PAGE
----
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We provide emergency care for babies, children and youth up to 16 years old who are sick or injured and need pediatric emergency care.
When to come

The BC Children's Hospital Emergency Department (ED) is experiencing high volumes. 

Half of the top reasons patients visit our ED may not actually require a visit to the emergency department.

Emergency departments can be busy and sometimes, to avoid long unnecessary waits, your child’s illness could best be treated at a doctor's office, a walk-in clinic or an urgent primary care centre

Mental health crisis

Emergency versus non-emergency care

Here are some examples to help decide if your child needs emergency care.


  • respiratory distress (working hard to breathe or breathing faster than normal)
  • pale skin, whitish or blue lips
  • asthma or wheezing and not responding to prescribed medications
Not an emergency
  • nasal congestion and cough (even if it interrupts sleep)
  • symptoms of the 'common cold'
  • mild asthma or wheezing that responds to usual puffers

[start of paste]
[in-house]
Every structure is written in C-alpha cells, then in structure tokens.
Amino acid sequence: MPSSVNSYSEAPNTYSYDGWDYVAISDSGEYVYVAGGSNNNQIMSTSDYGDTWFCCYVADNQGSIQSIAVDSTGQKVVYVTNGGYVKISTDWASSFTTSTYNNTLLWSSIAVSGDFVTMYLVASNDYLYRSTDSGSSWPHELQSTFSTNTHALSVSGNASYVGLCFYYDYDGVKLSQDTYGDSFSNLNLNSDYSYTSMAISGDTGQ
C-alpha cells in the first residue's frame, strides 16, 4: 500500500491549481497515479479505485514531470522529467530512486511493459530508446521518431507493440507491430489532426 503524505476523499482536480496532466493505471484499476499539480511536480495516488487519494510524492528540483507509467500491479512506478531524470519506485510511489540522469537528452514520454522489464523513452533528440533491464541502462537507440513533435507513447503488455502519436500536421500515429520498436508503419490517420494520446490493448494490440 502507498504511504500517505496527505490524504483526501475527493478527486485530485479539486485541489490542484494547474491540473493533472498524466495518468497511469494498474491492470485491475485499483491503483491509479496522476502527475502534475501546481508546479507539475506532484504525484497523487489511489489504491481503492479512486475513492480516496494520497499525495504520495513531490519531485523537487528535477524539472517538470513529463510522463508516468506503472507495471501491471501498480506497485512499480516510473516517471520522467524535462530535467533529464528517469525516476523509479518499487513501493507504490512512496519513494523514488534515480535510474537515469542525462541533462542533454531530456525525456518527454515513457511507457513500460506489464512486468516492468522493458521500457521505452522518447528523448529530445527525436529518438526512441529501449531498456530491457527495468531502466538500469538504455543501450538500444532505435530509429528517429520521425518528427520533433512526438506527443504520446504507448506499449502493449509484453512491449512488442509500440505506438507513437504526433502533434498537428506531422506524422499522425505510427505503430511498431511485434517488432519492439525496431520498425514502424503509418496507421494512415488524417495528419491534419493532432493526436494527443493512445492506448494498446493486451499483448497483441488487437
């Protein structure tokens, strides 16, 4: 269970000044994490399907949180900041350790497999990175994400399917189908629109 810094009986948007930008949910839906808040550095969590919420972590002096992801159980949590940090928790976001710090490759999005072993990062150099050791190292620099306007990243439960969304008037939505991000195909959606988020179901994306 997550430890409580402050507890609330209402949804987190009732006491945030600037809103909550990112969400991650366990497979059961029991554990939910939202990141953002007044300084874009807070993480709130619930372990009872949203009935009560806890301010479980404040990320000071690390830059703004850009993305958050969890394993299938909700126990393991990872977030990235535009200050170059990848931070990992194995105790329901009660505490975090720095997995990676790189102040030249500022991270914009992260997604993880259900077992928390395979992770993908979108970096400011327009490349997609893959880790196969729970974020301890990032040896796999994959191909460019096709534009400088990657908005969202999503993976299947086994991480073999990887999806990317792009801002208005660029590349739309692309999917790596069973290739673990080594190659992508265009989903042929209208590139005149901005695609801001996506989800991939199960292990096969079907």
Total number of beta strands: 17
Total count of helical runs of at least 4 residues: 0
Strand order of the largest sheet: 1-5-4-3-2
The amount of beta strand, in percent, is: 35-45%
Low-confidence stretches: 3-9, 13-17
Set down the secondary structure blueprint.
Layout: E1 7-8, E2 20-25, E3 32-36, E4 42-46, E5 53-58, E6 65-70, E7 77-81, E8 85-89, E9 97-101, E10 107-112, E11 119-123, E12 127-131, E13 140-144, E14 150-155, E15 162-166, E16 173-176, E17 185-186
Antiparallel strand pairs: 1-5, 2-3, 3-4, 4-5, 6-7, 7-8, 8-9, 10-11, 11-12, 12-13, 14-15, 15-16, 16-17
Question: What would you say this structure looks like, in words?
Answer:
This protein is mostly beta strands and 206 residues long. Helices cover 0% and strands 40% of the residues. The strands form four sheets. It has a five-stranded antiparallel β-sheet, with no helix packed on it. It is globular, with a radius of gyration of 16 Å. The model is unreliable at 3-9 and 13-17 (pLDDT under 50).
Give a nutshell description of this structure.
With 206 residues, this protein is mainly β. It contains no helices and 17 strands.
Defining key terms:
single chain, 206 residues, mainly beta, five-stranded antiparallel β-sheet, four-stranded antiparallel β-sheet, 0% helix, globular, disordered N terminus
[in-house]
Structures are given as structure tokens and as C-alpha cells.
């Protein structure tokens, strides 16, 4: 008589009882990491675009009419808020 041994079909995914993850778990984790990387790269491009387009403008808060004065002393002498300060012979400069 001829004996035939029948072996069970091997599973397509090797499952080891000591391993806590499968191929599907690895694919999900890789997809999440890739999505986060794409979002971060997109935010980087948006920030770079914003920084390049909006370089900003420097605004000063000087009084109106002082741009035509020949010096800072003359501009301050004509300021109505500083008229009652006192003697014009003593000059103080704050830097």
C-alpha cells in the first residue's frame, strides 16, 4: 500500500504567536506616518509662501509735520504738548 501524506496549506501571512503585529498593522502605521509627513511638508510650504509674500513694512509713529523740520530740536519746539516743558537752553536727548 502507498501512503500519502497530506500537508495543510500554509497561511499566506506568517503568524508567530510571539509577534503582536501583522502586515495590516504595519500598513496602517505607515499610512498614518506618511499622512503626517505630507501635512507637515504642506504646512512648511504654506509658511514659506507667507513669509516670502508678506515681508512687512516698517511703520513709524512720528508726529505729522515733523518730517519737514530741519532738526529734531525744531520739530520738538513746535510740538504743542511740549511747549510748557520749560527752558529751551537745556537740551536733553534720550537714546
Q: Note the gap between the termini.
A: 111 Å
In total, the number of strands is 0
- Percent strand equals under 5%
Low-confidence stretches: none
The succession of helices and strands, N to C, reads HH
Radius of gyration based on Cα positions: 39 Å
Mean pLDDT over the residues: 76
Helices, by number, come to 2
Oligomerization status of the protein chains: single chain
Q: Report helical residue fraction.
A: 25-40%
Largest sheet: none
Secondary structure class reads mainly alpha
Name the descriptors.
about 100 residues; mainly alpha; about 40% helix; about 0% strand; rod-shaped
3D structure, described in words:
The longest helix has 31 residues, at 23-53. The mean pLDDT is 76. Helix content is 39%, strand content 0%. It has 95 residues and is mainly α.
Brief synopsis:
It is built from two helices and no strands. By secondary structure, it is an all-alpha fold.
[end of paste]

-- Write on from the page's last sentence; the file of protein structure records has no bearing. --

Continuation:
• in a child less than 3 months old
  • with immune system problems or complex chronic health problems
  • and very sleepy or difficult to wake
  • for more than 5 days in a child any age
Not an emergency
  • in healthy and vaccinated babies
  • in children who appear generally well
Reducing a fever without fever-reducing medication
If you are trying to treat a fever without fever-reducing medication, please try these steps:
  • Have your child drink plenty of fluids
  • Dress them in light clothing
  • Sponge them with cool/tepid water
No samples of fever-reducing medication 
The Emergency Department does not have samples or take-home medications such as Tylenol and Advil.


  • in a child less than 3 months old
  • repeated vomiting and unable to keep liquids down
  • vomiting or diarrhea containing large amount of blood
  • vomiting bright green
  • dehydration with dry mouth or no urine more than 12 hours
Not an emergency
  • vomiting or diarrhea less than 3-4 times a day
  • ongoing diarrhea after 'stomach flu' (this can last up to 2 weeks)


  • head injury with loss of consciousness (passing out) or confusion